dry well construction and landscape
|garden plan plotted with stakes and twine|
|based on observations and photo documentation dry well planned and set|
|4 sequential holes dug, with pipe and fittings for overflow connecting each|
|Pipe along sidewalk drilled with holes to accept water|
|downspout disconnected from sewer and directed to dry well area|
|completed dry well area after back-filled with large gravel for drainage|
|dry well as integrated into landscape plan|
The first step to a successful dry well is observation. It is important to observe and document, preferable with a camera, the drainage pathways during heavy and sudden rainfall. You also must estimate the volume of flow and drainage rate. Think about digging a hole about as big as that puddle you saw at the high point.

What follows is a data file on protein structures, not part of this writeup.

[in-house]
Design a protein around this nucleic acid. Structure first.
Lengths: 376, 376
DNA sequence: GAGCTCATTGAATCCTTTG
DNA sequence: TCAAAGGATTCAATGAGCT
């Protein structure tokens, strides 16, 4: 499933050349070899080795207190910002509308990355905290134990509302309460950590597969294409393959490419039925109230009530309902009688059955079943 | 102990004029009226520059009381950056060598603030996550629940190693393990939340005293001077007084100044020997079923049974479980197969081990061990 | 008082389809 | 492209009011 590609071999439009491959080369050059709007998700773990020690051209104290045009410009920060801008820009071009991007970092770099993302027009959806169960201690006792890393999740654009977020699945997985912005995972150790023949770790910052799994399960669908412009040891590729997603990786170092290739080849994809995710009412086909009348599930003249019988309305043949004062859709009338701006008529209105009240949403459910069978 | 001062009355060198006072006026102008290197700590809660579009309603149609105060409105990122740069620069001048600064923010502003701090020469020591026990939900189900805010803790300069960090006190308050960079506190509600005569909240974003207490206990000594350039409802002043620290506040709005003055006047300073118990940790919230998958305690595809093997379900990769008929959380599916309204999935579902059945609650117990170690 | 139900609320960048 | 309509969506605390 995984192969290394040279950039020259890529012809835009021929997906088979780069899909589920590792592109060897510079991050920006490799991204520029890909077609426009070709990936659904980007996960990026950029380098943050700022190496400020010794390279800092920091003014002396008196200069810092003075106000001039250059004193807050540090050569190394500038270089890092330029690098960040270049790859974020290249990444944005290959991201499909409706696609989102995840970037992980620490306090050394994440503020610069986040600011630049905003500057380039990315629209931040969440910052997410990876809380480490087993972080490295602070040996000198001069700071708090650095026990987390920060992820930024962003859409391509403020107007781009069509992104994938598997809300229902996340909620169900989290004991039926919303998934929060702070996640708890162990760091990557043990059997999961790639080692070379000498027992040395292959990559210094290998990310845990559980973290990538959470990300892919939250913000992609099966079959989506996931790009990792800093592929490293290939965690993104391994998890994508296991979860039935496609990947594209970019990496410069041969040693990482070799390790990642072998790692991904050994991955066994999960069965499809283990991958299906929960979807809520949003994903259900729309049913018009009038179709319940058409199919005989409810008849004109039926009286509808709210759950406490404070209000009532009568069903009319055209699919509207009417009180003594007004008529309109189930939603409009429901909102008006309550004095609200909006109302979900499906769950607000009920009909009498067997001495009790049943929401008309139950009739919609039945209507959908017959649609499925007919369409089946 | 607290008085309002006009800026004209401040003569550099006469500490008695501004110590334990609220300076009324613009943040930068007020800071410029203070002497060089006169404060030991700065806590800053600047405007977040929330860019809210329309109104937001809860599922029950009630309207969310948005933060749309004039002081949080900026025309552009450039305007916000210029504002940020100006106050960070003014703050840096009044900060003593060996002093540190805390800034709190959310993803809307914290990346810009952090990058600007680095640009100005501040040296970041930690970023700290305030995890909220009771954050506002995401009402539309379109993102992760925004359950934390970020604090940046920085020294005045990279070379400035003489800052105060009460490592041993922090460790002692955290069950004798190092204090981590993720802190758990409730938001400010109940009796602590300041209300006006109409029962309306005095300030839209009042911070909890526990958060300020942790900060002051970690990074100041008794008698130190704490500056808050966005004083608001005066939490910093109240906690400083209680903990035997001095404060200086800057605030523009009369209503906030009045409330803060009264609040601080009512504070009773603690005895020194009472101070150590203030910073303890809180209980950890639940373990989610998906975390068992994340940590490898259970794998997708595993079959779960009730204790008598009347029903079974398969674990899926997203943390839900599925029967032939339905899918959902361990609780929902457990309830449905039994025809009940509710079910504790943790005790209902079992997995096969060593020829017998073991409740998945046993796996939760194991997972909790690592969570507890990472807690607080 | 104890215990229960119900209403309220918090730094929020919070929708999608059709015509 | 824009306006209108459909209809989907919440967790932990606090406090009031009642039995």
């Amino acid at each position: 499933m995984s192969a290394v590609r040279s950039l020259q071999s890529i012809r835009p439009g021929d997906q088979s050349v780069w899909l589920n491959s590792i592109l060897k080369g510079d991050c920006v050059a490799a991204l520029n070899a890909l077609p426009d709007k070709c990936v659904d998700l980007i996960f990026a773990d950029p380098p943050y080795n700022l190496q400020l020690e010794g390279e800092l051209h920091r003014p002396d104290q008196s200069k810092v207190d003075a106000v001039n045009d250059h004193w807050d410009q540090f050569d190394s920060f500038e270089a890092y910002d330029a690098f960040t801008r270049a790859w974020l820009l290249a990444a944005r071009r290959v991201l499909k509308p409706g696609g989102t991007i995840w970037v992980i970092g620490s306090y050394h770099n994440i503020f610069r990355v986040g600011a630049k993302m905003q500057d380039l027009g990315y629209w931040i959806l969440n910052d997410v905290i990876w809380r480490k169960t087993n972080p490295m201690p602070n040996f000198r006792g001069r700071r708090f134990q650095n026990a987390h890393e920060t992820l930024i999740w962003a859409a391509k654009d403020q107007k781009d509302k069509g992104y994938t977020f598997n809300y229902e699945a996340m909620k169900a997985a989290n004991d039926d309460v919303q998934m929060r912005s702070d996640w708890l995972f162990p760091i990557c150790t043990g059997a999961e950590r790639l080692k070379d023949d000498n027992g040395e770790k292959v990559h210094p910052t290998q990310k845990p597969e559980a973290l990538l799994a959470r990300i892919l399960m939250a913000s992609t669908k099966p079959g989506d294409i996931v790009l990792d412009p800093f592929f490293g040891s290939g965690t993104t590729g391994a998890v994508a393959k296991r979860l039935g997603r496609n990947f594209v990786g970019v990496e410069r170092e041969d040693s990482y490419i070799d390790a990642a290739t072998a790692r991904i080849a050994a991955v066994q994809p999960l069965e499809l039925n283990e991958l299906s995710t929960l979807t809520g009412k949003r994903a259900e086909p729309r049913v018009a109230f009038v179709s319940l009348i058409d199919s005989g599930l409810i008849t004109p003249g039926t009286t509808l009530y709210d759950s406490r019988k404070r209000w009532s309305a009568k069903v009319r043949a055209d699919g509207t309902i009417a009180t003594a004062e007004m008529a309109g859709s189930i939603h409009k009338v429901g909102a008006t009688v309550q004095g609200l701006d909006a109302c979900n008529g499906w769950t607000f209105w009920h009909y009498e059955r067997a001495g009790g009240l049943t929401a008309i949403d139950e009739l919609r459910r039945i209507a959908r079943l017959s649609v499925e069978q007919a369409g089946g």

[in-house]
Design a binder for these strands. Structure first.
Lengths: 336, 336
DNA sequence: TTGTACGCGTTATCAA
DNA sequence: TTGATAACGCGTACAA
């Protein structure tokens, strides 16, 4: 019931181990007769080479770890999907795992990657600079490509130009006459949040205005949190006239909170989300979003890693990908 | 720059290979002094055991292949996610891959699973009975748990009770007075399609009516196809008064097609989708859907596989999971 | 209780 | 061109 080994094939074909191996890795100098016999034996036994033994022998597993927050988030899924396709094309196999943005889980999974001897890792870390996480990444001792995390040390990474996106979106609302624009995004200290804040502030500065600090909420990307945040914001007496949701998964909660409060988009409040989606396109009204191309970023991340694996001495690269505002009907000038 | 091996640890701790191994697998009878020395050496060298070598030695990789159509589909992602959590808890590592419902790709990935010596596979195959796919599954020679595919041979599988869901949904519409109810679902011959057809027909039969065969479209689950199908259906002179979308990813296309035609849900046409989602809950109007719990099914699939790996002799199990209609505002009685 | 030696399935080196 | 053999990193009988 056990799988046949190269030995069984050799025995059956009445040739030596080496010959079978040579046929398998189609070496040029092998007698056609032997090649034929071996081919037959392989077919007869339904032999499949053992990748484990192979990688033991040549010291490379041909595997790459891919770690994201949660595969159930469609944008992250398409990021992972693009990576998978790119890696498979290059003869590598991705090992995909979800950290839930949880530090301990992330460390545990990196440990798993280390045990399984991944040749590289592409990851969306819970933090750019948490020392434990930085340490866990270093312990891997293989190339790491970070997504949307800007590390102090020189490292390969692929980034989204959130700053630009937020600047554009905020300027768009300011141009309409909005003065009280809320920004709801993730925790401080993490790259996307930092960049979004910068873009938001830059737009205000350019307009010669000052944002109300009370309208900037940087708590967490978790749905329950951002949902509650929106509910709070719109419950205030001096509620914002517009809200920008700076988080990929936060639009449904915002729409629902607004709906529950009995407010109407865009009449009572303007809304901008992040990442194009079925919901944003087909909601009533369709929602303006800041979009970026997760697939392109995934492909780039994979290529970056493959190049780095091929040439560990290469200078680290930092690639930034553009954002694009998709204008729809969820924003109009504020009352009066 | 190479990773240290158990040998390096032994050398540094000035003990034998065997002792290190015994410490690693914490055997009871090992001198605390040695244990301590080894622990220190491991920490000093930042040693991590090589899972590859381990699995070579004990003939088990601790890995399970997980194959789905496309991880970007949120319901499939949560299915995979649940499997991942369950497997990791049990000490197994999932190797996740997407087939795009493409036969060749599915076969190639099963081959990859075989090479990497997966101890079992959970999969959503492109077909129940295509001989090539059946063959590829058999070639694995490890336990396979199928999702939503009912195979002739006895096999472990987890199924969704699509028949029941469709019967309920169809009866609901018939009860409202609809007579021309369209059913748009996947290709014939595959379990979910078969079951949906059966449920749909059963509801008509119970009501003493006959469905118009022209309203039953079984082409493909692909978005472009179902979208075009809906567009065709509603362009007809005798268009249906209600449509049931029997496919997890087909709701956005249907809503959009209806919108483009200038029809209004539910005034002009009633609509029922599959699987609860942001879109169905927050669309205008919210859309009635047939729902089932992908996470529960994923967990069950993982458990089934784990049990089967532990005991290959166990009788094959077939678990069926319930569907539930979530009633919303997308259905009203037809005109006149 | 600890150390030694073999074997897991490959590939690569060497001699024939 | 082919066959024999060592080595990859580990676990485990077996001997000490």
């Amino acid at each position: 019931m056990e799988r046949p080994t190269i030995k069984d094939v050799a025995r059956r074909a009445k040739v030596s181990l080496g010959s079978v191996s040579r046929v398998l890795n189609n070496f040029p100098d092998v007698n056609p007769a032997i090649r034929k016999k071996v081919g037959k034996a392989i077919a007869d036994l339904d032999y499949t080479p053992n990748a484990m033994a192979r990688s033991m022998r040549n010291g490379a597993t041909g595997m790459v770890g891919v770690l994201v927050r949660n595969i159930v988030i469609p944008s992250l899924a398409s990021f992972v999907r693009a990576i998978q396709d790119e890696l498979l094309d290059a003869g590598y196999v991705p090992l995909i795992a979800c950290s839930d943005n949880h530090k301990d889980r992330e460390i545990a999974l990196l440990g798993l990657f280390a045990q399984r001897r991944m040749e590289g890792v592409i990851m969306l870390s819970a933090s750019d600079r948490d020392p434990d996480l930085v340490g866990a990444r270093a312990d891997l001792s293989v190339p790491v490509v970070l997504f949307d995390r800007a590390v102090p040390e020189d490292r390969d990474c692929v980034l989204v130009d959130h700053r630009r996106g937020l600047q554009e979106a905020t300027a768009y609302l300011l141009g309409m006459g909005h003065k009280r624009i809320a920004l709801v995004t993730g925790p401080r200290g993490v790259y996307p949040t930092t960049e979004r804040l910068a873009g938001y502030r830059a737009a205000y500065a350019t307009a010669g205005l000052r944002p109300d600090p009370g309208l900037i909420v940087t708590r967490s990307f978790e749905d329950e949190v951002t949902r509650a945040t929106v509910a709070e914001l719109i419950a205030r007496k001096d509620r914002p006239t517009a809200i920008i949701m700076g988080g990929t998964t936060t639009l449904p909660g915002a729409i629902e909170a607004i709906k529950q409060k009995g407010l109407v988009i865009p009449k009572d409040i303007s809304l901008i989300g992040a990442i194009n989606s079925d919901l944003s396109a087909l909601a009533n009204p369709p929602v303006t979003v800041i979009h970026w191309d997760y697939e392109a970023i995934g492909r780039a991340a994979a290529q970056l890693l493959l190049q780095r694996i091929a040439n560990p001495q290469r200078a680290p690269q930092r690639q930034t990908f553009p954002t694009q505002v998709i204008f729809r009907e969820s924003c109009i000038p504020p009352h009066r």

Using this information you must next determine where the pathway naturally flows and where you want it to flow. Ideally this will be the same pathway, but realistically you will be making some changes. Our changes included consideration for the new patio. We did not want the rain flow to wash out the patio base and cause future problems. We not only planned the dry well to capture water from the natural pathway but we also used the soil we dug out to form a berm to assist the flow. Think about planning the dry well along the same route you saw it flow, or figuring out how to get it there.
|broken concrete from sidewalk removed and worked into design|